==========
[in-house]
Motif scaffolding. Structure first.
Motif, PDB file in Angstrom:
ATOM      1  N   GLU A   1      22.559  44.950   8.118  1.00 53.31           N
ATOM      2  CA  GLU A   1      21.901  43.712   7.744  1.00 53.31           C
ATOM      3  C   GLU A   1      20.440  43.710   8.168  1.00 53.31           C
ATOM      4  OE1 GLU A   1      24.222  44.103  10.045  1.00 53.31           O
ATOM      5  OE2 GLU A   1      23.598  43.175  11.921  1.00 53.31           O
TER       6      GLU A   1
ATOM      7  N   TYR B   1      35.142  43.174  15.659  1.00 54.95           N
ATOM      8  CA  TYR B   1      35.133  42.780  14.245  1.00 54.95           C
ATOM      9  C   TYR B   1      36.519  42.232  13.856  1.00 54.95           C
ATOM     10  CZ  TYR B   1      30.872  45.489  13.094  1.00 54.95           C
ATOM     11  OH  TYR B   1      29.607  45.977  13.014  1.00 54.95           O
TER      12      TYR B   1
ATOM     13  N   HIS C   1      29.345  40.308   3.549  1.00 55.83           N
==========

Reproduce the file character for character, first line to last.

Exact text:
[in-house]
Motif scaffolding. Structure first.
Motif, PDB file in Angstrom:
ATOM      1  N   GLU A   1      22.559  44.950   8.118  1.00 53.31           N
ATOM      2  CA  GLU A   1      21.901  43.712   7.744  1.00 53.31           C
ATOM      3  C   GLU A   1      20.440  43.710   8.168  1.00 53.31           C
ATOM      4  OE1 GLU A   1      24.222  44.103  10.045  1.00 53.31           O
ATOM      5  OE2 GLU A   1      23.598  43.175  11.921  1.00 53.31           O
TER       6      GLU A   1
ATOM      7  N   TYR B   1      35.142  43.174  15.659  1.00 54.95           N
ATOM      8  CA  TYR B   1      35.133  42.780  14.245  1.00 54.95           C
ATOM      9  C   TYR B   1      36.519  42.232  13.856  1.00 54.95           C
ATOM     10  CZ  TYR B   1      30.872  45.489  13.094  1.00 54.95           C
ATOM     11  OH  TYR B   1      29.607  45.977  13.014  1.00 54.95           O
TER      12      TYR B   1
ATOM     13  N   HIS C   1      29.345  40.308   3.549  1.00 55.83           N